OkayMuva: We’re Still Living in A World Crafted by Tiffany ‘New York’ Pollard

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Part of the success of New York can definitely be accredited to smarts in business, but I believe why she resonates is a very specific sociopolitical reality. New York is and remains the person that behaves how black people have been taught can only result in ostracization. She yells. She argues. She schemes. She is angry in public. She over-the-top, and she does not apologize. She is not unapologetically black in a way that is currently commodifiable. She is unapologetically black in a way that is cringe-worthy, mean, and exhausting, yet she is always thrilling to witness. I found myself pleasantly consuming Tiffany ‘New York’ Pollard because I often find myself shrinking myself and my voice to not be interpreted as villainous. Often watching her was my release to be the person I wish I could be without auctioning off my safety in my work and social spaces. I recall her on Big Brother speaking to an older white woman and her roommates asking her to apologize and her responding, “I’m not apologizing to that old bitch. Absolutely fucking not.” She said what I have thought countless times when being asked to perform remorse for white people’s comfort.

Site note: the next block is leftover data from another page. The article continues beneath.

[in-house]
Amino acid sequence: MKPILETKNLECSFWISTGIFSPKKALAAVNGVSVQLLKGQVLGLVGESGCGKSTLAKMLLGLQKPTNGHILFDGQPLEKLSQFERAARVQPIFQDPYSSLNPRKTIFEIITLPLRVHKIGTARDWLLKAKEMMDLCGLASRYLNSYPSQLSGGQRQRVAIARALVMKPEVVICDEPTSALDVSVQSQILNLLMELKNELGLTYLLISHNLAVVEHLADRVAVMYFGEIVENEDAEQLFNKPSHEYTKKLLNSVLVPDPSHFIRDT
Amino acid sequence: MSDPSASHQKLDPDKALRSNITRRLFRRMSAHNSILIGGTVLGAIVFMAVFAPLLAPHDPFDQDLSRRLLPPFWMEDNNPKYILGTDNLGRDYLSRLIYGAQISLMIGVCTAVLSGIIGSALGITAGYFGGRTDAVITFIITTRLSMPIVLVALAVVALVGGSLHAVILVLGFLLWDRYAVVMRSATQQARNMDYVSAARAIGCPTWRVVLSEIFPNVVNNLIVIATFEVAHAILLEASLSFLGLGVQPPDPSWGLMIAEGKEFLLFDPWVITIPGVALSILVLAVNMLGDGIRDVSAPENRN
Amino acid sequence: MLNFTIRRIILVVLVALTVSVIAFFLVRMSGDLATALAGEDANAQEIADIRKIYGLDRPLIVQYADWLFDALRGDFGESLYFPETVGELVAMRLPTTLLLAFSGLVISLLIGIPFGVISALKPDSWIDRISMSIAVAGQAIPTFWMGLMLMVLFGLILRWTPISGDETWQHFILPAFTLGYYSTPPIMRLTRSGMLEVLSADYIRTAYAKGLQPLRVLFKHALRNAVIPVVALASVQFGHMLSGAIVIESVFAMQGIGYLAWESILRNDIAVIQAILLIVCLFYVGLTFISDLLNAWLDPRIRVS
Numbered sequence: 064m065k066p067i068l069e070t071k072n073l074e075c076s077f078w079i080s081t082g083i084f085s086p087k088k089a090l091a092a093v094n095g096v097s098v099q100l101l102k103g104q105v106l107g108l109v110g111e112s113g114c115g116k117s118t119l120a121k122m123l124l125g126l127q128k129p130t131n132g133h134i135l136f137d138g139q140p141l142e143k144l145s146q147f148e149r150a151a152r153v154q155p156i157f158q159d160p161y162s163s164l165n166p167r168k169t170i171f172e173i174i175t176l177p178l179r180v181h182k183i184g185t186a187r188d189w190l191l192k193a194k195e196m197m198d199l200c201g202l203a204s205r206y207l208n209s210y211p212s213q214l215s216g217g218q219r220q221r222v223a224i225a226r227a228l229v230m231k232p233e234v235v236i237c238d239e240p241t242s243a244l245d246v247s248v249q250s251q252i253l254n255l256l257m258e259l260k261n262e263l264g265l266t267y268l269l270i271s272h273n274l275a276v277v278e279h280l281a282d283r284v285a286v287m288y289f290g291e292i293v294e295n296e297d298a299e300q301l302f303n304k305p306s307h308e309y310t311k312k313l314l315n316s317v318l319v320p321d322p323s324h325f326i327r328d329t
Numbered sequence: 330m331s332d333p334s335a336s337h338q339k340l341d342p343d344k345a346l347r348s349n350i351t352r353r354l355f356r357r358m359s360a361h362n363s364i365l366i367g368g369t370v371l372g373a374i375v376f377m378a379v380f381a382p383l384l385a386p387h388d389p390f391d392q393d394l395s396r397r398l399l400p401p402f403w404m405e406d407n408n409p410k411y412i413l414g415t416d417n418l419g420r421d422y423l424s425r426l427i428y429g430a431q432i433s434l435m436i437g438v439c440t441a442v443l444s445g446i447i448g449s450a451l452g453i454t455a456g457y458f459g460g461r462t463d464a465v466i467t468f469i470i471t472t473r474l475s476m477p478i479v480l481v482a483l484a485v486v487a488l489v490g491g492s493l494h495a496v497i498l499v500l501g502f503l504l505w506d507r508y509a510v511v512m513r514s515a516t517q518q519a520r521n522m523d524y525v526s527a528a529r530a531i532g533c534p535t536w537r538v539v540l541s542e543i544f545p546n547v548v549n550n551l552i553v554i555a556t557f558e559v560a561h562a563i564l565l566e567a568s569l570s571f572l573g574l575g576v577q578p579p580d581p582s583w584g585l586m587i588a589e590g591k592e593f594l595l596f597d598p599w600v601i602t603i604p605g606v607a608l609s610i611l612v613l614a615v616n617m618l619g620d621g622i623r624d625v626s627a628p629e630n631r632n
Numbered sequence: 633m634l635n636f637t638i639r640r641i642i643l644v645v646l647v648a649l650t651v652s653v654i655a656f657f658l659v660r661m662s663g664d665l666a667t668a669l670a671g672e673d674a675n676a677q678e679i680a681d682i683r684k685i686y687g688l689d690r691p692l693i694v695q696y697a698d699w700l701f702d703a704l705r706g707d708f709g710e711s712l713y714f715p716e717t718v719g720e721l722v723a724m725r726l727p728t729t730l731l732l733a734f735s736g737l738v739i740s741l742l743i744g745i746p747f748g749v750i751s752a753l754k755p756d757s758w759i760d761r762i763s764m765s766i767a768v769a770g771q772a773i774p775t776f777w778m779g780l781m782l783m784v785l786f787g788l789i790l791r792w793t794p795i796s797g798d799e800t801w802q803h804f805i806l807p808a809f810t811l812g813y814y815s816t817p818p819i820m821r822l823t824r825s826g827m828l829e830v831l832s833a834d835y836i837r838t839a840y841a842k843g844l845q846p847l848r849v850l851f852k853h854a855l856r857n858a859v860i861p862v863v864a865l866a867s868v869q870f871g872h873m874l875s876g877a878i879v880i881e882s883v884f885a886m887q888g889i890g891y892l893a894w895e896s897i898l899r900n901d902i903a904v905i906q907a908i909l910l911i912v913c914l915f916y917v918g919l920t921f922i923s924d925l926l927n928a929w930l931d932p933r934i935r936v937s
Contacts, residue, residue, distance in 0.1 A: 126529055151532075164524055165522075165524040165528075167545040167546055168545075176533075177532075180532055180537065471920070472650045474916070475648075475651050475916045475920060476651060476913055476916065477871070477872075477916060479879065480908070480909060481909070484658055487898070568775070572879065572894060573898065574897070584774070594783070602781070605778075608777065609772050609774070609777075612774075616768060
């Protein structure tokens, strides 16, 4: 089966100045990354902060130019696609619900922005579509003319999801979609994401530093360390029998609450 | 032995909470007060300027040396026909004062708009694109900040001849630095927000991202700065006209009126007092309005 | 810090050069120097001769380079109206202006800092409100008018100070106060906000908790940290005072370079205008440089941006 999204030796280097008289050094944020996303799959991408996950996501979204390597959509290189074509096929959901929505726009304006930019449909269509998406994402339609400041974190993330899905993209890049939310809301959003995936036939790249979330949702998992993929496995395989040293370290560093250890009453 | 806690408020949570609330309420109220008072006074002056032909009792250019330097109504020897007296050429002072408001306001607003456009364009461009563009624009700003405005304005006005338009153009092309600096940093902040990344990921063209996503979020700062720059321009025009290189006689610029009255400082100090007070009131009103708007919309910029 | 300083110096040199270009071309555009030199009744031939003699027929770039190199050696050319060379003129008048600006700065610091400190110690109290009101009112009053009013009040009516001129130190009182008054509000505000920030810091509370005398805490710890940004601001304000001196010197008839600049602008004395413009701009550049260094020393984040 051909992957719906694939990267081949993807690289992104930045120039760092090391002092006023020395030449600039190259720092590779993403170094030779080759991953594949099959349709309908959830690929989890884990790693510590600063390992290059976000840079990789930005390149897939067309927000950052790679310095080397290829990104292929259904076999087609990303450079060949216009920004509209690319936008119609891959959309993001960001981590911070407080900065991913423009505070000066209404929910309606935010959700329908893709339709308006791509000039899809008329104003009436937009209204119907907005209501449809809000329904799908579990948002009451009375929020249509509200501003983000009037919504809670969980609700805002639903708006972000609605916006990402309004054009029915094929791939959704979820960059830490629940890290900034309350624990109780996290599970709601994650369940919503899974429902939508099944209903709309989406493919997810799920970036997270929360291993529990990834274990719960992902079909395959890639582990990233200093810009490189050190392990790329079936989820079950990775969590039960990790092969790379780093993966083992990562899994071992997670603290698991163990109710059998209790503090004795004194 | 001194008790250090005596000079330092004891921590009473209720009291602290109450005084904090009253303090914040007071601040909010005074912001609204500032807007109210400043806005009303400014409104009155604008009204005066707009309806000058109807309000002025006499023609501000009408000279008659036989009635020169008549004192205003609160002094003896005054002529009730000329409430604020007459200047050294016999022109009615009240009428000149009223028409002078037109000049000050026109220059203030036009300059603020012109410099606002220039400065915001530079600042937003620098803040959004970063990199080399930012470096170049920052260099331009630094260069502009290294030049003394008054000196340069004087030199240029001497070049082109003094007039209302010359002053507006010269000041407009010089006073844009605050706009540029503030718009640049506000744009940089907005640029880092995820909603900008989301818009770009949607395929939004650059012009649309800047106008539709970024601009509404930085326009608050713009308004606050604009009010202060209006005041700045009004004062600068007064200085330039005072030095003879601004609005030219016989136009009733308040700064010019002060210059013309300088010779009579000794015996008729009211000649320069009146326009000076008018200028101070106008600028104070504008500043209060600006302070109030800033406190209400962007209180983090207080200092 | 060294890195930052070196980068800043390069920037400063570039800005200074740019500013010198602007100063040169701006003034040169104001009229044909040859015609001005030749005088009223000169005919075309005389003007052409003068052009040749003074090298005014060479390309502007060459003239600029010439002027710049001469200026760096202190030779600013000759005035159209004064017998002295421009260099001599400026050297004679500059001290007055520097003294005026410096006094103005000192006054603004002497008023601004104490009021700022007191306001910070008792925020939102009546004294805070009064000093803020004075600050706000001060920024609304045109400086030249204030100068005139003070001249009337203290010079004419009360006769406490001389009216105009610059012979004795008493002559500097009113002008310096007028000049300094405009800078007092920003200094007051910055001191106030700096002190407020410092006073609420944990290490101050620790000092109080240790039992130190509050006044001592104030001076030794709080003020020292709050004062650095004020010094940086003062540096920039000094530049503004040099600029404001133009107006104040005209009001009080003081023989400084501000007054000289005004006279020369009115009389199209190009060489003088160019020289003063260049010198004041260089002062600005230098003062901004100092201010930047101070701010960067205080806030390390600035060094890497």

During the Flavor of Love 2 reunion special, I remember how she arrived on stage facing all of her enemies with a confidence that is usually reserved only for pop stars and super models. As her castmates heralded insults to her about her looks, personality, and actions; New York, like a kind of quantum computer of insults, transformed all the negativity into positive attention. “And it is fabulous!” is how she responded to the insults and accusations, and she flared her arms around and played in her hair, turning the negativity into a drag queen brand of confidence. This is the dream self I wish I could embody when facing domination.

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Tiffany ‘New York’ Pollard with her I Love New York series also complicated how a black woman looking for love could be viewed. Before the new black Bachelorette in 2017, it was Tiffany who erased the need for her pursuit of love to be limited to the black race or certain types of bodies. In many ways, not all, New York can be consumed as a decolonizing image because she was on national television as a black woman being in charge of her sexuality and romantic pursuits, and not being given limits, but variety and control.

Often what black people do in pop culture does not get analyzed or taken seriously, especially if it is seen as comedic or frivolous, but these are also parts of what crafts the world we live in and how we see it. Tiffany ‘New York’ Pollard shifted the gaze of how we consume black woman, centering herself. She empowered us through melodramatics and comedy, transgressing respectability politics. She made space for the bold, loud black femme in media and invited people to love New York a little more.

Myles E. Johnson is an Atlanta, Georgia-based storyteller. He is also the creator of the literary project, Dear Giovanni. You can follow him on Twitter @HausMuva.

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